You never know quite what to expect in “Three Billboards Outside Ebbing, Missouri.” It's a movie as eccentric as its title suggests but it's also an expertly written and acted searing drama about loss, vengeance, and a microcosm of the current state of affairs in this country. Oh and it's also wickedly funny. Sort of in the vein of “Fargo,” writer/director Martin McDonagh takes the tragic story of a mother's loss and turns it on its head in a way you rarely encounter in mainstream movies. Frances McDormand leads a fantastic cast as a woman hell bent on starting a war of words with the local cops who have yet to find her daughter's killer. In lesser hands it sounds like a movie-of-the-week tearjerker, but here it's a fiery indignation about the role of authority, the nature of violent crime, and the questionable morals of its central characters. Did I mention it was really funny? Oh right I did. This is a one of a kind movie-going experience and a fresh alternative to all that Marvel vs DC crap that's been going around.
“Three Billboards” revolves around a terrible, violent crime. The rape and murder of a teenage girl. But it takes place nearly a year after this horrific events (which we never see). Instead, the film doesn't focus on the victim but rather the questionable behavior of her grieving, pissed off mother Mildred (McDormand) who challenges the cops to solve her daughter's murder by purchasing three billboards just outside of town displaying a controversial message to the town's sheriff. The town is practically turned upside down as Mildred practically begins a war between her and the town's police force. There's the sympathetic Sheriff Willoughby (Woody Harrelson) who happens to be dying of cancer. And then there's bad-tempered Officer Jason Dixon (a perfectly cast Sam Rockwell) who trades nasty barbs with Mildred and anyone else who stands in his way. The billboards are a catalyst for what sets off violent confrontations. But it's also funny I swear.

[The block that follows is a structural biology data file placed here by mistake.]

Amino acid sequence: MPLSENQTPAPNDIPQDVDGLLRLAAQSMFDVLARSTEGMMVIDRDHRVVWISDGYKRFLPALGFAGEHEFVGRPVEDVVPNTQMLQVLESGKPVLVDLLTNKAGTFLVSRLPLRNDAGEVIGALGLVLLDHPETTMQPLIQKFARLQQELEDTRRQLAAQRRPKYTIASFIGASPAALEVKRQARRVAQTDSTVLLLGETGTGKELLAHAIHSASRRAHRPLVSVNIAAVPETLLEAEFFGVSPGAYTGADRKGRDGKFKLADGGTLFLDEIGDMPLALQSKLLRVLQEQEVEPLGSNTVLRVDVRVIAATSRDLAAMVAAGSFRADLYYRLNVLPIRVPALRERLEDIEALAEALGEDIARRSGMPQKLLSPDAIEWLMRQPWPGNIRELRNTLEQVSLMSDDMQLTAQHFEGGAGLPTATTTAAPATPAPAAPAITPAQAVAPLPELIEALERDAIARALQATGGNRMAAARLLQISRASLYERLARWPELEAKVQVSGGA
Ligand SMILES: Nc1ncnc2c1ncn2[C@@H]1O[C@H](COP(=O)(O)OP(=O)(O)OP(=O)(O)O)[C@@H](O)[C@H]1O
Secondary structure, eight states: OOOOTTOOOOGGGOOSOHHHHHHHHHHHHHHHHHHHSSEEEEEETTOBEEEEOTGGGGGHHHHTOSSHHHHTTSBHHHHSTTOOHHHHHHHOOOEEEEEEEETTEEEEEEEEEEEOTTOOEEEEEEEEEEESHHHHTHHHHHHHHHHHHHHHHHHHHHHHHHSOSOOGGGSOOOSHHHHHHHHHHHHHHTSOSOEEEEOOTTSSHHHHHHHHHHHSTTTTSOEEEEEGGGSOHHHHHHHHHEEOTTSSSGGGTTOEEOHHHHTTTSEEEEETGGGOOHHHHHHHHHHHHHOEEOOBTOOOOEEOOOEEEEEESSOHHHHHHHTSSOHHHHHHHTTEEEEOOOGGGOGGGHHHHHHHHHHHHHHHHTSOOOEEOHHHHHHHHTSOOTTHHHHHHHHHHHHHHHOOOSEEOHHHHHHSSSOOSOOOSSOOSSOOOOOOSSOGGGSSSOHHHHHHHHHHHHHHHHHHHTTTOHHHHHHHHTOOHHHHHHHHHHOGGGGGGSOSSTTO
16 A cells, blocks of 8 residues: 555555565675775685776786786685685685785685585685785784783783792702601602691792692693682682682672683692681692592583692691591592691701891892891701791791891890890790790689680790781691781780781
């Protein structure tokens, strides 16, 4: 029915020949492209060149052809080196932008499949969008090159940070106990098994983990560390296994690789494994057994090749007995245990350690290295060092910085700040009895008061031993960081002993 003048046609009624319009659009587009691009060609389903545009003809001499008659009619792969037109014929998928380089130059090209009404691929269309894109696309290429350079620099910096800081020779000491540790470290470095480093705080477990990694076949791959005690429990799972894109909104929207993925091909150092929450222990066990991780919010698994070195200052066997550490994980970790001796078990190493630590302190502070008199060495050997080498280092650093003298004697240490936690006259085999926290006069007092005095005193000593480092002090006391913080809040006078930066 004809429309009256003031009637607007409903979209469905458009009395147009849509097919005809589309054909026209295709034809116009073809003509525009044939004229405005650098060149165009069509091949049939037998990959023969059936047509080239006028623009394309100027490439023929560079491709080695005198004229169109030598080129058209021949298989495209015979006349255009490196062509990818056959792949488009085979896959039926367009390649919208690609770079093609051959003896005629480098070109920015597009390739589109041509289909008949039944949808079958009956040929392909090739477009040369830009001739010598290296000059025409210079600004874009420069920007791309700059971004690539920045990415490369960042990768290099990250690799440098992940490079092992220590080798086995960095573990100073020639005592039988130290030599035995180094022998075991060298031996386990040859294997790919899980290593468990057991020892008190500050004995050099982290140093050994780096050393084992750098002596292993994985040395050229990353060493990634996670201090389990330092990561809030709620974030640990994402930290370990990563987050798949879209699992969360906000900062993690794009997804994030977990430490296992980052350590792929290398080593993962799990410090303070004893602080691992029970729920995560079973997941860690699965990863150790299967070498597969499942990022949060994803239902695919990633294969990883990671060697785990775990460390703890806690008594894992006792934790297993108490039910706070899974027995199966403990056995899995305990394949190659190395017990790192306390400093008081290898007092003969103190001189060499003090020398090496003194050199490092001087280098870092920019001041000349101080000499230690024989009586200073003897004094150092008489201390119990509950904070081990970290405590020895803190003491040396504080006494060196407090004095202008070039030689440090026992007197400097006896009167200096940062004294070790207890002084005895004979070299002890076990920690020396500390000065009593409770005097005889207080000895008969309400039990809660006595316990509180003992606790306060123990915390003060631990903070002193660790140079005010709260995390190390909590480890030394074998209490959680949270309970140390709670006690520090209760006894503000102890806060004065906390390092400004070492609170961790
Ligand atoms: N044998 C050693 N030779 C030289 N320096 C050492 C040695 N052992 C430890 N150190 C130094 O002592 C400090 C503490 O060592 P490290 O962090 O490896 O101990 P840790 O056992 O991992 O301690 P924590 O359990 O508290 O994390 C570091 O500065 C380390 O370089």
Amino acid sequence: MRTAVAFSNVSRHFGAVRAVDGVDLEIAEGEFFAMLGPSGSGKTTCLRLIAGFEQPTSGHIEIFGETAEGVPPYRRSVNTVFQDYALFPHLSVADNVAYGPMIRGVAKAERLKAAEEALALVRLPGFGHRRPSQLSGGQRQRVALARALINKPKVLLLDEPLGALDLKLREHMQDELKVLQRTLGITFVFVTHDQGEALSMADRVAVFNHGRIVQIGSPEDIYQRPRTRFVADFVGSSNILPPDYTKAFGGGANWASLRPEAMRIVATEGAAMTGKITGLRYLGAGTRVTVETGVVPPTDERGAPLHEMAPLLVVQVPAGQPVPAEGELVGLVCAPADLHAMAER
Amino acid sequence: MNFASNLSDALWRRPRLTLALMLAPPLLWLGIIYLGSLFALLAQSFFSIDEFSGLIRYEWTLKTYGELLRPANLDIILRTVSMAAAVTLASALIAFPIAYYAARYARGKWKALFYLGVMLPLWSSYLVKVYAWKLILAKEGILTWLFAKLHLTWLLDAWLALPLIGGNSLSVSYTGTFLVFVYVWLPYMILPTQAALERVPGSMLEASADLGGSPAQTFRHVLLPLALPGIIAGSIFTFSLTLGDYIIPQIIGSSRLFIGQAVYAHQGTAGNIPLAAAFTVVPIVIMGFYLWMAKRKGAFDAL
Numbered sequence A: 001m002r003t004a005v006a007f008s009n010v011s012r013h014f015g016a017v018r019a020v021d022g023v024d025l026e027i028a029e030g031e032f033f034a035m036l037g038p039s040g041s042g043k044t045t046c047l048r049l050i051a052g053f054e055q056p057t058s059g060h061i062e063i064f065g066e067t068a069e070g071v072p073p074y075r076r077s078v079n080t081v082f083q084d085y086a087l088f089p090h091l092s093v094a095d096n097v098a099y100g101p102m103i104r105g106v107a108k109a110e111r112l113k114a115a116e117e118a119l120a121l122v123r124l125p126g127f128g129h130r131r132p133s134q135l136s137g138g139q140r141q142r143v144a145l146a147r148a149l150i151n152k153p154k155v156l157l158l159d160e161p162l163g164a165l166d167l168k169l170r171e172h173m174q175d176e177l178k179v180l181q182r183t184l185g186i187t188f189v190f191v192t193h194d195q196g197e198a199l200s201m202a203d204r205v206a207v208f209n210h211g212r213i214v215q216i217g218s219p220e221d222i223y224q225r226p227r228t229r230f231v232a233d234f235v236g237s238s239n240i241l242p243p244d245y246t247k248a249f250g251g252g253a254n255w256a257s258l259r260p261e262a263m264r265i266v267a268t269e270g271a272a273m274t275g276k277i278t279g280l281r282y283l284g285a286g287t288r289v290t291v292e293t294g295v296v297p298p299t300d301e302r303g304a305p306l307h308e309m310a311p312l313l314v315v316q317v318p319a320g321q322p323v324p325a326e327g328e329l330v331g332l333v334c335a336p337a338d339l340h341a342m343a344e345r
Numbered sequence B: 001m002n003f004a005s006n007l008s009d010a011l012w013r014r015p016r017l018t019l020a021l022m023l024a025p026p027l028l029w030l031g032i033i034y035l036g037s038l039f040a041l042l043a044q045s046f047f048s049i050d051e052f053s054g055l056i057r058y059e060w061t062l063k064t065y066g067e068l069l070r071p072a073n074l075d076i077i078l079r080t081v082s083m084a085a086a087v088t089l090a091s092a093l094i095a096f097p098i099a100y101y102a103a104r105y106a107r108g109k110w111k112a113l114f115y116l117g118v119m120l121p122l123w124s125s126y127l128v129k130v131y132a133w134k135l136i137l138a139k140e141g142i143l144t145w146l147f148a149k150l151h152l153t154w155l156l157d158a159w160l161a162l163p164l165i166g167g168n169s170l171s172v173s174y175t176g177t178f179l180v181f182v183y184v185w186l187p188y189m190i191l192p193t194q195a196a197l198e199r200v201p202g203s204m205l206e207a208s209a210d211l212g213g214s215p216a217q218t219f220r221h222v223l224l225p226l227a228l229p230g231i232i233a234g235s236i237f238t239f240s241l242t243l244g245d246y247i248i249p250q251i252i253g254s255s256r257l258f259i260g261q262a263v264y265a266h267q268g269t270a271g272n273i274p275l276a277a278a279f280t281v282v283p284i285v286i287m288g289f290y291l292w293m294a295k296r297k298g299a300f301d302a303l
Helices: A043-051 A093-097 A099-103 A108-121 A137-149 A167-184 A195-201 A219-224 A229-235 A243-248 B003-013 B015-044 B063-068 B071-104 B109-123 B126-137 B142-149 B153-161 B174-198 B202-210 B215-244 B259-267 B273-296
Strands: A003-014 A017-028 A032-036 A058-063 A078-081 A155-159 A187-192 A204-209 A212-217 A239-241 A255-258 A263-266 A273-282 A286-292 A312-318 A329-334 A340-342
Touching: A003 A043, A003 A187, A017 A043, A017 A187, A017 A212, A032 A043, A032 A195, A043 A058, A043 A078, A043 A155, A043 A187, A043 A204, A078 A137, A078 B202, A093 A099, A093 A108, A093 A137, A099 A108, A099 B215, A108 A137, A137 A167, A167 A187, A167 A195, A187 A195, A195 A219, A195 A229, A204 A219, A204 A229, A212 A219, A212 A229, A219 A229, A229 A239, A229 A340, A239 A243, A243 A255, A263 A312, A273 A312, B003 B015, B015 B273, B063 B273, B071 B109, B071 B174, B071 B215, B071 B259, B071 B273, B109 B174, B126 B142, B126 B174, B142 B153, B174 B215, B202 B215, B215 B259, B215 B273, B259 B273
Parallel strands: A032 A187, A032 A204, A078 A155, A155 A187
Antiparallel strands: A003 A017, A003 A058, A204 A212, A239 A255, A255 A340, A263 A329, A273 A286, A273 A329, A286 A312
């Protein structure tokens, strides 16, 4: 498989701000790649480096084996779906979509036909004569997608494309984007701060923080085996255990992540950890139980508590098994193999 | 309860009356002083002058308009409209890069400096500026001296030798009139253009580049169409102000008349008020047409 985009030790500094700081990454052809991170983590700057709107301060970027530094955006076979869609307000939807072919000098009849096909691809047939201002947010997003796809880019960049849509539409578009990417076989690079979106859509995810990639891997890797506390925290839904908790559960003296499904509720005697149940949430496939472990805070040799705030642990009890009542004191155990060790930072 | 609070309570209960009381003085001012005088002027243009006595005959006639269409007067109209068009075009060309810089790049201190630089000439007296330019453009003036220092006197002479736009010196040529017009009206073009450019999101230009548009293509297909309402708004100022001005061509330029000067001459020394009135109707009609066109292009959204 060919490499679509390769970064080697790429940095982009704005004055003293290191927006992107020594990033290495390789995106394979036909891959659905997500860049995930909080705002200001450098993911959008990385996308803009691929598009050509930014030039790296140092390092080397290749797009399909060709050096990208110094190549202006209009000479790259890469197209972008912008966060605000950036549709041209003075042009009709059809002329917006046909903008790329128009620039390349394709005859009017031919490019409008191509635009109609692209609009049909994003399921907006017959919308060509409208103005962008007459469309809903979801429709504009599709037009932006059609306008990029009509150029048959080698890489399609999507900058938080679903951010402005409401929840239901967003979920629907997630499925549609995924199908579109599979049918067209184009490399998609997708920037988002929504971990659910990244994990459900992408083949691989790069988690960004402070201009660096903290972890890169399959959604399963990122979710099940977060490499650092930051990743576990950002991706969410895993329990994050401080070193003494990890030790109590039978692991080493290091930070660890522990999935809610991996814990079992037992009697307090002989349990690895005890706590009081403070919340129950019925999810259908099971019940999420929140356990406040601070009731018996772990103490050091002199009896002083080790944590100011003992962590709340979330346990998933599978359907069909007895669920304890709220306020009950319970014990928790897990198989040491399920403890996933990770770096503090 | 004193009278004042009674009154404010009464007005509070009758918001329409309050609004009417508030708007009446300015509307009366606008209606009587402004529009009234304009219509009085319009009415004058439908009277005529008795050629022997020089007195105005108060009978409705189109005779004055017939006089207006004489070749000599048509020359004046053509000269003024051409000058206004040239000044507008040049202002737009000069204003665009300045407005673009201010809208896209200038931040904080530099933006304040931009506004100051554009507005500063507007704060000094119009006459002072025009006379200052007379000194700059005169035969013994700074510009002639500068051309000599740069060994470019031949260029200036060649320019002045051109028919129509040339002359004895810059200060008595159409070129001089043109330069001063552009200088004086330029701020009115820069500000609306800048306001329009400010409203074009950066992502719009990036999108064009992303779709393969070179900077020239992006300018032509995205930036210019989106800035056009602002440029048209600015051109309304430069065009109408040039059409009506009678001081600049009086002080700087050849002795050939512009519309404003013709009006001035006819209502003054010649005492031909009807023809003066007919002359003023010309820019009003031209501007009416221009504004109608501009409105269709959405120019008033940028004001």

The film comes from the mind of Martin McDonagh who showed off his flair for mixing crime, comedy, and drama in his critical hit “In Bruges.” He slowly peels away the layer in this story of horrible violence in small town America. He paints broader strokes that deal with racism, homophobia and the clash between cops and civilians that have made headlines around the country. But there's also quick wit here with his fascinating characters who are always making questionable decisions whether it's the “heroes” and “villains.” It's a fine line of course. All of this is wrapped up in a mystery that is really second fiddle to the tension unfolding among the characters.
The acting here is top notch. McDormand was born to play the role which feels like a fun echo of her good-natured Fargo character Marge Gunderson. Rockwell playing a difficult character to like is fascinating here. Harrelson plays off his southern charm in a way that completely fits. He's really the soul of the film (along with Carter Burwell's uneasy score). Caleb Landry Jones, who played such a creepy, nasty character earlier this year in “Get Out” is in opposite form here but no less charming. And there are minor but solid turns from Oscar nominees Lucas Hedges and John Hawkes. Oh and Peter Dinklage is there as well.
“Three Billboards Outside Ebbing, Missouri” is a fantastically original film. It has an amazing sense of time and place. There's nothing too flashy about it, but it features one of the most electric scripts of the year. It's witty and unpredictable and will stay with you long after it's over. GRADE: A
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